chloroplasts containing chlorophylls Simple nonvascular plants
a and b, bound by double membranes, ΚΚΚ Green algae
and come in a variety of forms: Complex nonvascular plants
flagellate, colonial, filamentous, ΚΚΚ Bryophyta - mosses
and even primitively multicellular. ΚΚΚ Hepatophyta - liverworts
Many are primarily haploid, but ΚΚΚ Anthocerophyta - hornworts
others exhibit alternation of Vascular plants
generations between haploid and Seedless
diploid forms, called the gametophyte ΚΚΚ Psilophyta - whisk ferns
and sporophyte ΚΚΚ Lycophyta - club mosses
ΚΚΚ Sphenophyta - horsetails
Some time during the Palaeozoic ΚΚΚ Ophioglossophyta
plants began to appear on land. In ΚΚΚ Pterophyta - ferns
these new forms, the gametophyte and Seeded
sporophyte become very different in ΚΚΚ Pinophyta - conifers
shape and function, the sporophyte ΚΚΚ Cycadophyta - cycads
remaining small and dependent on its ΚΚΚ Ginkgophyta - ginkgo
parent for its whole brief life. ΚΚΚ Gnetophyta - Gnetae
Groups at this level of organization, ΚΚΚ Magnoliophyta - flowering plants
collectively called bryophytes,
* Division Bryophyta (mosses)
* Division Anthocerotophyta (hornworts)
* Division Hepaticophyta (liverworts)
All of these forms are small and confined to moist environments, relying on
water to disperse spores. In the Silurian, new embryophytes appeared with
adaptations enabling them to overcome these constraints, which underwent a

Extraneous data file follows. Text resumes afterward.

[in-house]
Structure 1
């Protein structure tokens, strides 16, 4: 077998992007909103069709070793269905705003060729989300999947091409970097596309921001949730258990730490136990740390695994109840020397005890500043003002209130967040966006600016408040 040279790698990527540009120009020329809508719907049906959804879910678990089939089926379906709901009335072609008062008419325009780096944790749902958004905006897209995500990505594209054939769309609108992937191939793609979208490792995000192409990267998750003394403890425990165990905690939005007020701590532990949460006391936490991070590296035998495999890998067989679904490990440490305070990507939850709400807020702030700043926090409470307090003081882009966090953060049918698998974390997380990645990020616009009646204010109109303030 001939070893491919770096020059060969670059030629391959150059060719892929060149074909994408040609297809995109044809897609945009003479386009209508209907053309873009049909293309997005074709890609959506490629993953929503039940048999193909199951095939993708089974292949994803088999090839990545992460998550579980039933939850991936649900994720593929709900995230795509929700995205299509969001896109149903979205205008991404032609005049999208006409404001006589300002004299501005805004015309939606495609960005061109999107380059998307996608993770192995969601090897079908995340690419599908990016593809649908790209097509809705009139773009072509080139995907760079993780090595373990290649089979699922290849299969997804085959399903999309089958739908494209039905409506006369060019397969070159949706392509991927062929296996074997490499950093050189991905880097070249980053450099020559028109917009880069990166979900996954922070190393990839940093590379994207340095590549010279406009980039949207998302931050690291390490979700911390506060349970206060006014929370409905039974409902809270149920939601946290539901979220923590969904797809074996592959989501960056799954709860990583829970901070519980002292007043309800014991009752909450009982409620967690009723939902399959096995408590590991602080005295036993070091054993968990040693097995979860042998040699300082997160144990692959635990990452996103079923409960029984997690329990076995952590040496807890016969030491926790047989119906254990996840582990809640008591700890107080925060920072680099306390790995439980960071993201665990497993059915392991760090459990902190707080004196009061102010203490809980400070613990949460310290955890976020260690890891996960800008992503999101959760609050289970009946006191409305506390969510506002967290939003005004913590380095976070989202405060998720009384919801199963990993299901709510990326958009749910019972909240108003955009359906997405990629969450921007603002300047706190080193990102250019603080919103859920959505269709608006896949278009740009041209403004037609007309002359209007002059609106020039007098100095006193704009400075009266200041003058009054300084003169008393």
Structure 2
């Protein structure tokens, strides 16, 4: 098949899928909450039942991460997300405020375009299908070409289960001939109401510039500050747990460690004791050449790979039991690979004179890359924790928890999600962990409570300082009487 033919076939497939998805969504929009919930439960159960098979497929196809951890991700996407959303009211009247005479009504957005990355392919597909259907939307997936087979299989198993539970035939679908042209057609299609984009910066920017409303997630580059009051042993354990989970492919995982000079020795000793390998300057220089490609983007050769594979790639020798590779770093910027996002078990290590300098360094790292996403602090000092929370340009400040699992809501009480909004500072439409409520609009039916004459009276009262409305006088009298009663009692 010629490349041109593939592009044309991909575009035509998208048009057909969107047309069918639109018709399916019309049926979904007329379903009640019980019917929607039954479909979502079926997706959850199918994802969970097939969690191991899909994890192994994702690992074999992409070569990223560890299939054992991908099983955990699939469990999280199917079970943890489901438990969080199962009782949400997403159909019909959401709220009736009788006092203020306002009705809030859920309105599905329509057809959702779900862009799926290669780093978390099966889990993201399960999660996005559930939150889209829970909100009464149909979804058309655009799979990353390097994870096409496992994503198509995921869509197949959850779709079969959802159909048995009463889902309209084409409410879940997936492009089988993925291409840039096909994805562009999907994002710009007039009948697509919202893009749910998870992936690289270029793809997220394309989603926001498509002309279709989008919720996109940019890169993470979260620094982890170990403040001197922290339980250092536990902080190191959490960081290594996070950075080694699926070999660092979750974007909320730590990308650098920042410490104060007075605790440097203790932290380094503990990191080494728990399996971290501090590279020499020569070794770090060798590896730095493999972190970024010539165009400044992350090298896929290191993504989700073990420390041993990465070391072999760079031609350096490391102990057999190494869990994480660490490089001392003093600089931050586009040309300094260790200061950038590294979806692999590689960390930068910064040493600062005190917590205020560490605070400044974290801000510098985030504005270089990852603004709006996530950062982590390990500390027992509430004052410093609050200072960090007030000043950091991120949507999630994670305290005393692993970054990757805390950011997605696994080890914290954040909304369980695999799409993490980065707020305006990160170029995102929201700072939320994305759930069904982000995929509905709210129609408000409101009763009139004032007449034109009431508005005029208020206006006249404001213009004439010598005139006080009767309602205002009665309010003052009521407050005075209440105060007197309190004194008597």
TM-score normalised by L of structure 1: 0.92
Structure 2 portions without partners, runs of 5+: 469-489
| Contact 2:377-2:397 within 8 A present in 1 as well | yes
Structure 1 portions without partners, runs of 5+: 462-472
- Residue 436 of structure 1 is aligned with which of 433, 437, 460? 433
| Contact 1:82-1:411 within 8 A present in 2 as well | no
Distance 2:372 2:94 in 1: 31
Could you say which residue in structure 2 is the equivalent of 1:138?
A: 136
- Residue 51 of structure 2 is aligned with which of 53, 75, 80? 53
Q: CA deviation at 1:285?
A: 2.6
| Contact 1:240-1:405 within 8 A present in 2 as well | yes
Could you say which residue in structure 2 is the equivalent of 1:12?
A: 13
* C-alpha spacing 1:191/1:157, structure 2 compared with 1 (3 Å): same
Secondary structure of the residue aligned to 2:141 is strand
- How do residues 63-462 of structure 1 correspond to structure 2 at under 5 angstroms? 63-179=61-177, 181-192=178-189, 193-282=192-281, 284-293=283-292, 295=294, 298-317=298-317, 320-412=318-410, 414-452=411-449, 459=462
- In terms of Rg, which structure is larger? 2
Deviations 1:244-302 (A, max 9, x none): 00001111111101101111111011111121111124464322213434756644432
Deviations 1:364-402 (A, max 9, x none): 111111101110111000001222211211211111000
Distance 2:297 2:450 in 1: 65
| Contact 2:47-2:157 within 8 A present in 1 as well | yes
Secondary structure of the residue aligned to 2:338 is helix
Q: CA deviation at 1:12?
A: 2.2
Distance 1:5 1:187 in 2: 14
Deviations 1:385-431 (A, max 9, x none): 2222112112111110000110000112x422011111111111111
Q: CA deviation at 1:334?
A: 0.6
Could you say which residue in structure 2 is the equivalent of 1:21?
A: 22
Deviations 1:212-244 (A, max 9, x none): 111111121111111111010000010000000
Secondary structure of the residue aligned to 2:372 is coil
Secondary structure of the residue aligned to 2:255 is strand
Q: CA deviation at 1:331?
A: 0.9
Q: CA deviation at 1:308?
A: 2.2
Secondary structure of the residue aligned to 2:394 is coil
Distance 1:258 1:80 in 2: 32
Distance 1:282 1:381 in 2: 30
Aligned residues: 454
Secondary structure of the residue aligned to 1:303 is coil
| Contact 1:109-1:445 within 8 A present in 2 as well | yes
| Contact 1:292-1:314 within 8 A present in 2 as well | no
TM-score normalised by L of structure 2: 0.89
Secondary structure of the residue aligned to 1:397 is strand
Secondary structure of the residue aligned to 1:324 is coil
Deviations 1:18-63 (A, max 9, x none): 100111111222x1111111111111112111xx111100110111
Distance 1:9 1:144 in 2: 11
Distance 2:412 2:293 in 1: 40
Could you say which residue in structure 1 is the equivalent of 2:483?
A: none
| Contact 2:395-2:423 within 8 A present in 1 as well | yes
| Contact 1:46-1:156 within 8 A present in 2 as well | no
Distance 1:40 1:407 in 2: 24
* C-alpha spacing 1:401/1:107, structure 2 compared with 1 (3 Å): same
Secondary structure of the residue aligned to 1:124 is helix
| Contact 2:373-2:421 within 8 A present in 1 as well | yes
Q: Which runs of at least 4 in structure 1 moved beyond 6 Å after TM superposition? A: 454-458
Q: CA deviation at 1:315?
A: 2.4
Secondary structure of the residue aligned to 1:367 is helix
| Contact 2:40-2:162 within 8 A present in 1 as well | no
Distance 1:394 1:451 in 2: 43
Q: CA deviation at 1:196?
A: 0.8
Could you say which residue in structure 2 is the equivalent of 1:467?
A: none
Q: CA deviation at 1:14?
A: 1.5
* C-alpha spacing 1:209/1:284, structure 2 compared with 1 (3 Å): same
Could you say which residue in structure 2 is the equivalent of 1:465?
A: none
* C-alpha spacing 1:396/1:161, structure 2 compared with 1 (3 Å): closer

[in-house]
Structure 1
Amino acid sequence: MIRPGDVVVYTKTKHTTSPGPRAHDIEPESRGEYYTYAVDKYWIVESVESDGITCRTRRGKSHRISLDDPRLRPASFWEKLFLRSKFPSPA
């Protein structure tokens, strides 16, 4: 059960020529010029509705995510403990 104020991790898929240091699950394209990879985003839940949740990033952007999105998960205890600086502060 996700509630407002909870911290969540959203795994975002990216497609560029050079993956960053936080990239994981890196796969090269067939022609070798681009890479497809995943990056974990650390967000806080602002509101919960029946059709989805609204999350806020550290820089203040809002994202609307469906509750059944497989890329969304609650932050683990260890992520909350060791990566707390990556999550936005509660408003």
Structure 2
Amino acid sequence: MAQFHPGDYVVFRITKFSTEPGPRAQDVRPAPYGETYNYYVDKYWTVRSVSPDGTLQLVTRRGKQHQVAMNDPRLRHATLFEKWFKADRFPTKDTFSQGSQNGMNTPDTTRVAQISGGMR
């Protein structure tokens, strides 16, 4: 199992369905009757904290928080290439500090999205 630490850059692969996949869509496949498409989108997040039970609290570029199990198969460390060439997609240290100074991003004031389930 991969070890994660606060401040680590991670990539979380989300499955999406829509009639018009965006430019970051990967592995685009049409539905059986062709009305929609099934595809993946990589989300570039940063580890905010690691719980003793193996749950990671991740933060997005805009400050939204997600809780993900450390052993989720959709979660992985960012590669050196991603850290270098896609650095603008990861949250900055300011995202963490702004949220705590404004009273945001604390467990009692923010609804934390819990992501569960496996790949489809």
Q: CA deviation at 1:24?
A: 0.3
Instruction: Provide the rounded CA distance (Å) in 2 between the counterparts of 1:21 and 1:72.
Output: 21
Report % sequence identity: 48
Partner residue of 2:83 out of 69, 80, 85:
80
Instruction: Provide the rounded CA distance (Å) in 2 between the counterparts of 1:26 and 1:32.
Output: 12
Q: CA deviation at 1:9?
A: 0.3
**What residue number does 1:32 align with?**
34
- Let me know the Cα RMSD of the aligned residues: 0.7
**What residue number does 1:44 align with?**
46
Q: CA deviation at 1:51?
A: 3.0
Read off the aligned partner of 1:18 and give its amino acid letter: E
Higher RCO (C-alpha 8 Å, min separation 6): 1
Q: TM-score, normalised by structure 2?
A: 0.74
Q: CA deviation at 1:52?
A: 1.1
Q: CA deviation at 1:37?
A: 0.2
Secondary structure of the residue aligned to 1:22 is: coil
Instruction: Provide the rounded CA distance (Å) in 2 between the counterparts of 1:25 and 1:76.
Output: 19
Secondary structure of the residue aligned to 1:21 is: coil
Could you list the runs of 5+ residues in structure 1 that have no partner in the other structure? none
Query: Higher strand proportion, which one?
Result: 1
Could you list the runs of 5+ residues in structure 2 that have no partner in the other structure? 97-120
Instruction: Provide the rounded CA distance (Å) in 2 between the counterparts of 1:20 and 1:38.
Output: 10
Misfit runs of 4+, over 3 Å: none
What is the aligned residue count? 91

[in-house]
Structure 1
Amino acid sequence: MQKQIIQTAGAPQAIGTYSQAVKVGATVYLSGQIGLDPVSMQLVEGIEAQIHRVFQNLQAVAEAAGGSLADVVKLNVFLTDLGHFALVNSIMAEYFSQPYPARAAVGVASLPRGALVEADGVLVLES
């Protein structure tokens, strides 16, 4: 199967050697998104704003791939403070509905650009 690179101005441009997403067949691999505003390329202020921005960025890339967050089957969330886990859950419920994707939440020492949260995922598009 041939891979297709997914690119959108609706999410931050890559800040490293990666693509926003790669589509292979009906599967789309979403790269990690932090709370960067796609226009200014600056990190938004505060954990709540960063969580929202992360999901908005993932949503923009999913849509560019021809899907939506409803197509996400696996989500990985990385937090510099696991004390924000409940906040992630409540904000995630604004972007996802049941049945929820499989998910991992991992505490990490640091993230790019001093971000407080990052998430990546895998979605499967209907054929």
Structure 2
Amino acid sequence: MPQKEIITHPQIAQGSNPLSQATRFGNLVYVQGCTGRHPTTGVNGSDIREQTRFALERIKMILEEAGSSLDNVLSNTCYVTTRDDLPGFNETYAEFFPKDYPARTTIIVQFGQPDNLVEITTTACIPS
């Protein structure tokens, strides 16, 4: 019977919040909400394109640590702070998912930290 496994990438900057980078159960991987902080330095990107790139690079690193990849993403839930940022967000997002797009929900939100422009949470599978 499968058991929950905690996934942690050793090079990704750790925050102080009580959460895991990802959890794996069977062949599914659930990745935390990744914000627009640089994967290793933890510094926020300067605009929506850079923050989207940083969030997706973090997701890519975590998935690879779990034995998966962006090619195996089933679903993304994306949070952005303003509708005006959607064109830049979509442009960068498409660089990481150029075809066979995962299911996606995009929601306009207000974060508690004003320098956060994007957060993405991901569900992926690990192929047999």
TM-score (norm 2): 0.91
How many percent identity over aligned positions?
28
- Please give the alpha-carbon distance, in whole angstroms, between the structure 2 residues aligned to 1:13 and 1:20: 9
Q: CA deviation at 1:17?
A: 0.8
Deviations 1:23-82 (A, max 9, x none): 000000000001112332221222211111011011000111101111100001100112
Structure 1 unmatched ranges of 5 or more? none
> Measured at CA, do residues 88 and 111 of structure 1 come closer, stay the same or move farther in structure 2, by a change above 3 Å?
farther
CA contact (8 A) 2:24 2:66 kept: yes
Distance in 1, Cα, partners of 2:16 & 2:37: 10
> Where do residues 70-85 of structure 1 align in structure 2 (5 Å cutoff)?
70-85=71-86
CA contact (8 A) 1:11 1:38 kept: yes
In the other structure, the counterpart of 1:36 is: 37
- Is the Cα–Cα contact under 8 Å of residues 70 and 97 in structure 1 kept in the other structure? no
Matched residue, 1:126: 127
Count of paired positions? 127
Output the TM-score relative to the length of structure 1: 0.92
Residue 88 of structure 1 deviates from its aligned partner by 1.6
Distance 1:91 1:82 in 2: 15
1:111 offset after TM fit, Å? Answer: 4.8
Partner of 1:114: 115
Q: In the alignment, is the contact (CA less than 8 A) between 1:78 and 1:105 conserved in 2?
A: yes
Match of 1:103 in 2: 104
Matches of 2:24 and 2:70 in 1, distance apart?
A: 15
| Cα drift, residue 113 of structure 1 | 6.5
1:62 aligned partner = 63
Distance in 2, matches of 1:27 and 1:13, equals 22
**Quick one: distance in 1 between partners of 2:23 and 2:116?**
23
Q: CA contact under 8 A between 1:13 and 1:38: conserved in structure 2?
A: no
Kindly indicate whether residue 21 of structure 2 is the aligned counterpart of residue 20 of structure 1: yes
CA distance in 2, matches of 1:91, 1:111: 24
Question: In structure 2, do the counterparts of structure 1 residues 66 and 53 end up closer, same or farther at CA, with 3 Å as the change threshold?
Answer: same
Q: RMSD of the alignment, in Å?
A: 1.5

massive adaptive radiation in the Devonian period, taking over the land.
These groups typically have a cuticle resistant to desiccation, and vascular
tissue, which transports water throughout the organism, and are called
vascular plants as a result. In many of these the sporophyte acts as a
separate individual, with the gametophyte remaining very small. Groups at
this level of organization include:
* Division Lycophyta (club mosses)
* Division Sphenophyta (horsetails)
* Division Psilophyta (whisk ferns)
* Division Ophioglossophyta (adders-tongues and grape-ferns)
* Division Pterophyta (ferns)
The vascular plants also include as a subgroup the spermatophytes, or seed
plants, which diversified towards the end of the Palaeozoic. In these forms
it is the gametophyte that is completely reduced, and the young sporophyte
begins life inside an enclosure called a seed, which develops on its parent.
* Division Cycadophyta (Cycads)
* Division Ginkgophyta (Ginkgo)
* Division Pinophyta (Conifers, Coniferophyta)
* Division Gnetophyta (Gnetae)
* Division Magnoliophyta (Flowering plants, Anthophyta)
These divisions are grouped into gymnosperms (naked seeds; first four), and
the flowering plants or angiosperms. The latter are the last major group of
plants to have appeared, arising during the Jurassic and quickly becoming
predominant in most biomes.
In addition to the scientific classification of plants, or our more populist
approach based upon that system, we may want to classify plants in a variety
of other ways, some of which are considered here.
Plants may be organized according to their seasonal growth pattern. Of
course simple plants like algae have individually short life spans and the
following terms do not apply, but algae populations are commonly seasonal.
* Annual: live and reproduce within one growing season.
* Biennial: live for two growing seasons; usually reproduce in second
* Perennial: live for many growing seasons; continue to reproduce once
Vascular plants are either herbaceous (nonwoody) or woody. Woody plants may
be trees with one or several trunks and branching occuring well above
ground, or shrubs with no significant trunk, and branching occuring near
Plants may also be organized according to how they are used. Food plants
include fruits, vegetables, herbs, and spices.